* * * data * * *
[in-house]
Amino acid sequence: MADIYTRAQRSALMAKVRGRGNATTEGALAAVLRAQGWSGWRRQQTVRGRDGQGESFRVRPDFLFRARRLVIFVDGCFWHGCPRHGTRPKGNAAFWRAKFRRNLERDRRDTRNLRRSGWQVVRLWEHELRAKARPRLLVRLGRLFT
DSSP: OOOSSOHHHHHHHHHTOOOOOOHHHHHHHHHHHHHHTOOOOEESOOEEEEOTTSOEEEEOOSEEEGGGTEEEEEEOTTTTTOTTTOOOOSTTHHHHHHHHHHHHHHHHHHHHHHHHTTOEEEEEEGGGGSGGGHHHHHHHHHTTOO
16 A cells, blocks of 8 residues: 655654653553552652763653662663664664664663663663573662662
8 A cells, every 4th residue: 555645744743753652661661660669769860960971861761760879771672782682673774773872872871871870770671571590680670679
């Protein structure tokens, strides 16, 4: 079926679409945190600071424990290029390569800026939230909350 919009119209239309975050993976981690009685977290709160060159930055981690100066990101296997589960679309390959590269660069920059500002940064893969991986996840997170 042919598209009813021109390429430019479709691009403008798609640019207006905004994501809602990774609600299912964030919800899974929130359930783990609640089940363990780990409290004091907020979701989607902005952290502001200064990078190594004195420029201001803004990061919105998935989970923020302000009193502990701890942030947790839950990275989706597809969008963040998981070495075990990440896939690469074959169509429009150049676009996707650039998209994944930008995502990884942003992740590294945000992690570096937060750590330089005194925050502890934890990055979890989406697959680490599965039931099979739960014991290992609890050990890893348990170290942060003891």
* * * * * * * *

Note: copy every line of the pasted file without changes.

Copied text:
[in-house]
Amino acid sequence: MADIYTRAQRSALMAKVRGRGNATTEGALAAVLRAQGWSGWRRQQTVRGRDGQGESFRVRPDFLFRARRLVIFVDGCFWHGCPRHGTRPKGNAAFWRAKFRRNLERDRRDTRNLRRSGWQVVRLWEHELRAKARPRLLVRLGRLFT
DSSP: OOOSSOHHHHHHHHHTOOOOOOHHHHHHHHHHHHHHTOOOOEESOOEEEEOTTSOEEEEOOSEEEGGGTEEEEEEOTTTTTOTTTOOOOSTTHHHHHHHHHHHHHHHHHHHHHHHHTTOEEEEEEGGGGSGGGHHHHHHHHHTTOO
16 A cells, blocks of 8 residues: 655654653553552652763653662663664664664663663663573662662
8 A cells, every 4th residue: 555645744743753652661661660669769860960971861761760879771672782682673774773872872871871870770671571590680670679
């Protein structure tokens, strides 16, 4: 079926679409945190600071424990290029390569800026939230909350 919009119209239309975050993976981690009685977290709160060159930055981690100066990101296997589960679309390959590269660069920059500002940064893969991986996840997170 042919598209009813021109390429430019479709691009403008798609640019207006905004994501809602990774609600299912964030919800899974929130359930783990609640089940363990780990409290004091907020979701989607902005952290502001200064990078190594004195420029201001803004990061919105998935989970923020302000009193502990701890942030947790839950990275989706597809969008963040998981070495075990990440896939690469074959169509429009150049676009996707650039998209994944930008995502990884942003992740590294945000992690570096937060750590330089005194925050502890934890990055979890989406697959680490599965039931099979739960014991290992609890050990890893348990170290942060003891």